Jack's Car: A Story

Jack from Key West … and his remarkable car

This is the first in a new series of blogs written for our website by Humanity Project Founder, Bob Knotts, a playwright, poet and author of the book “Beyond Me: Dissecting Ego To Find The Innate Love At Humanity’s Core.” These blogs offer a more personal perspective on the goodness and inherent value of humanity, ideas that are the foundation of the Humanity Project’s work.

I’d like to introduce you to Jack. I never did catch his last name. Really didn’t matter at the time we met – to him or to me.

What did matter at the time, to him and to me, was Jack’s car. You see it in these photos I snapped earlier this month while on vacation in Key West. When I first spotted him, Jack was working intently to attach the latest additions to that extraordinary vehicle, only stopping once to scatter some food across the ground for a passel of local chickens.

As you know if you’ve ever visited in recent years, Key West is full of chickens roaming the streets and yards all around that small island. Mother hens, baby chicks as well as the many roosters that crow whenever they feel inspired, day or night. As you also likely recall if you’ve ever set foot in Key West, it’s a place full of … let’s call them local characters. Eccentric folks who are as much part of the funky laidback vibe as Mallory Square and Duval Street. The old-timers who never seem to wear more than a bathing suit and flipflops, bearded men typically standing around with a beer in one hand. The ample couples squeezed tight atop compact motor scooters that dart among the tourists. The would-be writers and artists and craftspeople who arrived temporarily in Key West long long ago but never could quite leave, most of them forced to survive on waiter tips or minimum retail wages.

So to me, Jack was just one more. Another Key West character demonstrating his independence from everyone around him – and making sure everyone noticed.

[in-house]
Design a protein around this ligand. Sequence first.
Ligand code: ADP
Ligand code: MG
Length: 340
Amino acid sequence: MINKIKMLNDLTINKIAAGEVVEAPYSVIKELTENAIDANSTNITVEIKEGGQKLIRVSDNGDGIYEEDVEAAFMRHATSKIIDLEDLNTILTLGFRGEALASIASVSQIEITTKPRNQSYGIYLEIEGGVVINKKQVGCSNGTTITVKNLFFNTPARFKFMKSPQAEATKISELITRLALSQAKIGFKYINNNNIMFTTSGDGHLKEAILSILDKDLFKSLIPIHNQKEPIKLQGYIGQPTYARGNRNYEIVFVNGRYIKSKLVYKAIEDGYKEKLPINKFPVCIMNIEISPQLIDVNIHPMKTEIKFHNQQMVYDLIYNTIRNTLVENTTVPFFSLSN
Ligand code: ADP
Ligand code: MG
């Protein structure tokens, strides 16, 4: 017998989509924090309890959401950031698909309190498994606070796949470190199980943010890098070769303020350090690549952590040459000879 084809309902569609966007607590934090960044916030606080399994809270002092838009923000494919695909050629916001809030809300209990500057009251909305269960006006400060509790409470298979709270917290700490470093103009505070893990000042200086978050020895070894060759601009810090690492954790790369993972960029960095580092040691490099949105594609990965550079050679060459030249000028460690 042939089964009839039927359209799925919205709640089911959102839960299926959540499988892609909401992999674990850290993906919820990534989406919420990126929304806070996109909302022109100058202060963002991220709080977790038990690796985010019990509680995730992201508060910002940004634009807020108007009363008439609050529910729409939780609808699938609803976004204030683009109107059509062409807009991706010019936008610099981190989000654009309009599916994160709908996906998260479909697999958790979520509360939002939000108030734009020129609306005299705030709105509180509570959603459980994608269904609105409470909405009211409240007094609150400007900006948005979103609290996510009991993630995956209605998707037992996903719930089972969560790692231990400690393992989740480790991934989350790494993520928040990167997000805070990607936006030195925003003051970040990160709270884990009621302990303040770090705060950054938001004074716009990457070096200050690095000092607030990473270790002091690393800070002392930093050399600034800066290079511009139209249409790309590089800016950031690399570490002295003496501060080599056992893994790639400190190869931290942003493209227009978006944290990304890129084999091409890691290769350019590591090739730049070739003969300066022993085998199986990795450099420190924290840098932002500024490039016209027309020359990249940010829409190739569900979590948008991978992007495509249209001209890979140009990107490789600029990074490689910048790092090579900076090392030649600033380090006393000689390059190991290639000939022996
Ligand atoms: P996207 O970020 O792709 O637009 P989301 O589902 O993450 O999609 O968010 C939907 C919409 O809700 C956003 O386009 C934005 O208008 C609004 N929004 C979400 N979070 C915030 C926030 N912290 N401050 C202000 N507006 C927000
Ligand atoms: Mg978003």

Then I decided to chat with Jack. “Quite the car you have,” I said. He replied in a thick Eastern European accent, “It’s my car … and my wife.” Or that’s what I thought he said anyway. But as we continued talking I finally understood what Jack really was struggling to express. I looked at him, puzzled now: “The car … it’s a tribute to your wife?” I asked.

“Yes,” he said, nodding. “She passed away 20 years ago.”

This most peculiar car and its most eccentric creator were much more than I’d imagined. From a distance I could easily dismiss his existence with a condescending smile, adding Jack to my mind’s catalogue of Key West oddities. But looking more closely I soon could recognize something deeper about both car and creator. This automobile was Jack’s Taj Mahal, a monument to his undying devotion to one long dead woman. And everything on that automobile had some meaning about her. The mermaids were beauty and love. The dolphins represented freedom. And above it all, the image of his wife forever riding on the rooftop over Jack’s head.

“We were very close,” Jack told me softly.

How quickly we judge others in our world, judge them without the slimmest strip of knowledge to justify our instant conclusions. In our certainty we laugh at them, ridicule them, avoid them. The truth of those strange characters we sometimes see in passing through our busy day is obvious, afterall. Except that it isn’t. After a conversation of less than 10 minutes, my concepts of both Jack and his car were transformed. And I was forced to learn all over again an old lesson I should have remembered by now: People are rarely what they appear on the surface – and everyone, everyone has an important story that’s all their own.